Wind farms could cost Scotland's tourism industry millions of pounds and hundreds of jobs, a report has warned.
Ministers are happy about tourism and renewable targets
But researchers said the "worst case scenario" was unlikely, as the two different sectors could live together.
The findings were published by Holyrood ministers, who want half of Scotland's electricity to come from renewable sources by 2020.
Enterprise Minister Jim Mather said the report showed aspirations for tourism and green energy were compatible.
The Scottish Government wants to boost the tourism industry by 50% by 2015.
The study, carried out by Glasgow Caledonian University, focussed on the possible impact of wind farms on tourism in Caithness and Sutherland, Stirling, Perth and Kinross, the Borders and Dumfries and Galloway.
Researchers estimated the likely impact on the local tourism economy by 2015 of all the wind farms needed to meet the renewables target, compared to there being none.
They suggested Caithness and Sutherland could lose 30 jobs and £700,000 and Stirling, Perth and Kinross could be down £6.3m and 339 jobs.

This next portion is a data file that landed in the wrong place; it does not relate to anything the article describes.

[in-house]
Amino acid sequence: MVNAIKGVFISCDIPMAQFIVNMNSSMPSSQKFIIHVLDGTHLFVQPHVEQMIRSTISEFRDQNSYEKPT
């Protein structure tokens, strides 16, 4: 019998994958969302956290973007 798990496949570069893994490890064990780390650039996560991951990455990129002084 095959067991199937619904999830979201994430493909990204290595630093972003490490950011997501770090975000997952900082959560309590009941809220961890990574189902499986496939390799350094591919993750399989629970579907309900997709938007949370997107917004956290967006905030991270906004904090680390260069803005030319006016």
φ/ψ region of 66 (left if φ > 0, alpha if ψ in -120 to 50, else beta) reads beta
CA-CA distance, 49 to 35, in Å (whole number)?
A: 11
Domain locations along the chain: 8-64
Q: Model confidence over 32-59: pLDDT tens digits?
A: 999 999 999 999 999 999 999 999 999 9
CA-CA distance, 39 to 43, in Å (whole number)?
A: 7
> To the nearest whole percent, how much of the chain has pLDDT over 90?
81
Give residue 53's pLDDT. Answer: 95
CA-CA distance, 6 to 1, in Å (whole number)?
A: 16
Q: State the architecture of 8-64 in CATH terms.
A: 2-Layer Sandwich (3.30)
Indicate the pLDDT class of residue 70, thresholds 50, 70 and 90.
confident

In the south of Scotland, the study indicated the Borders could lose 81 jobs and £1.7m, and 277 jobs and £4.1m in and Dumfries and Galloway.
Jason Ormiston, chief executive of the trade association Scottish Renewables, said the wind farm sector would continue to ensure developments were built in the right places.
He added: "By 2020, the Scottish renewables industry will be worth billions, whereas this report concludes, on a worst case scenario, that the Scottish tourism industry will contribute £4.7m less than it otherwise would have done to the Scottish economy if renewables targets are met."
Mr Mather said of the report: "It provides further evidence to support our approach to progress the right developments in the right location.
"Harnessing our renewables potential, while driving an increase in tourism revenue, will bring sustainable economic growth to all parts of Scotland."
The research was carried out by surveying 380 tourists in the different case study areas, an additional 600 UK and 100 US residents on the internet and using geographical analysis.